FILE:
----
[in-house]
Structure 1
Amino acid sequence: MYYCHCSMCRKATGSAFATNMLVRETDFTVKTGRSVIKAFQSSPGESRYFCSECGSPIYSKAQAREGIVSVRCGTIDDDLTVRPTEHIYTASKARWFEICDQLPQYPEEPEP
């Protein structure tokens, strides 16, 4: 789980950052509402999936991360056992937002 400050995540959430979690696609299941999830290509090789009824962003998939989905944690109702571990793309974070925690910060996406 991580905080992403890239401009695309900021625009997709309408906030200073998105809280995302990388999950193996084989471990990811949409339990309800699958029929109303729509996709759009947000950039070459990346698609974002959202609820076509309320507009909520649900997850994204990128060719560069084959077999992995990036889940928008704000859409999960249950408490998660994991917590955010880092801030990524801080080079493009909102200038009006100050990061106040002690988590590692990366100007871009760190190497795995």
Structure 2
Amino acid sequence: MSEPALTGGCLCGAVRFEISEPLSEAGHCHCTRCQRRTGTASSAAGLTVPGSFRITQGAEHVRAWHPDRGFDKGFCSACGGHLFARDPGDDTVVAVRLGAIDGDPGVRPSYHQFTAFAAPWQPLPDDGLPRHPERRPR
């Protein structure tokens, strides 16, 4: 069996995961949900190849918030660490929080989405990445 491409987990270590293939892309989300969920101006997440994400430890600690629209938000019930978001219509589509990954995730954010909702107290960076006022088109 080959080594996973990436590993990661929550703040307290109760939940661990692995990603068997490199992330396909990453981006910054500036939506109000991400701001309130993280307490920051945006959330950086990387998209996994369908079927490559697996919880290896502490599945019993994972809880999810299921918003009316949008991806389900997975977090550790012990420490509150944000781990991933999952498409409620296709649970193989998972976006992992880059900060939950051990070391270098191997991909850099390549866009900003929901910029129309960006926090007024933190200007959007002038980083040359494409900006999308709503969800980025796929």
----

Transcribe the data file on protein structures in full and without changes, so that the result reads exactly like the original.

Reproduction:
[in-house]
Structure 1
Amino acid sequence: MYYCHCSMCRKATGSAFATNMLVRETDFTVKTGRSVIKAFQSSPGESRYFCSECGSPIYSKAQAREGIVSVRCGTIDDDLTVRPTEHIYTASKARWFEICDQLPQYPEEPEP
């Protein structure tokens, strides 16, 4: 789980950052509402999936991360056992937002 400050995540959430979690696609299941999830290509090789009824962003998939989905944690109702571990793309974070925690910060996406 991580905080992403890239401009695309900021625009997709309408906030200073998105809280995302990388999950193996084989471990990811949409339990309800699958029929109303729509996709759009947000950039070459990346698609974002959202609820076509309320507009909520649900997850994204990128060719560069084959077999992995990036889940928008704000859409999960249950408490998660994991917590955010880092801030990524801080080079493009909102200038009006100050990061106040002690988590590692990366100007871009760190190497795995």
Structure 2
Amino acid sequence: MSEPALTGGCLCGAVRFEISEPLSEAGHCHCTRCQRRTGTASSAAGLTVPGSFRITQGAEHVRAWHPDRGFDKGFCSACGGHLFARDPGDDTVVAVRLGAIDGDPGVRPSYHQFTAFAAPWQPLPDDGLPRHPERRPR
């Protein structure tokens, strides 16, 4: 069996995961949900190849918030660490929080989405990445 491409987990270590293939892309989300969920101006997440994400430890600690629209938000019930978001219509589509990954995730954010909702107290960076006022088109 080959080594996973990436590993990661929550703040307290109760939940661990692995990603068997490199992330396909990453981006910054500036939506109000991400701001309130993280307490920051945006959330950086990387998209996994369908079927490559697996919880290896502490599945019993994972809880999810299921918003009316949008991806389900997975977090550790012990420490509150944000781990991933999952498409409620296709649970193989998972976006992992880059900060939950051990070391270098191997991909850099390549866009900003929901910029129309960006926090007024933190200007959007002038980083040359494409900006999308709503969800980025796929």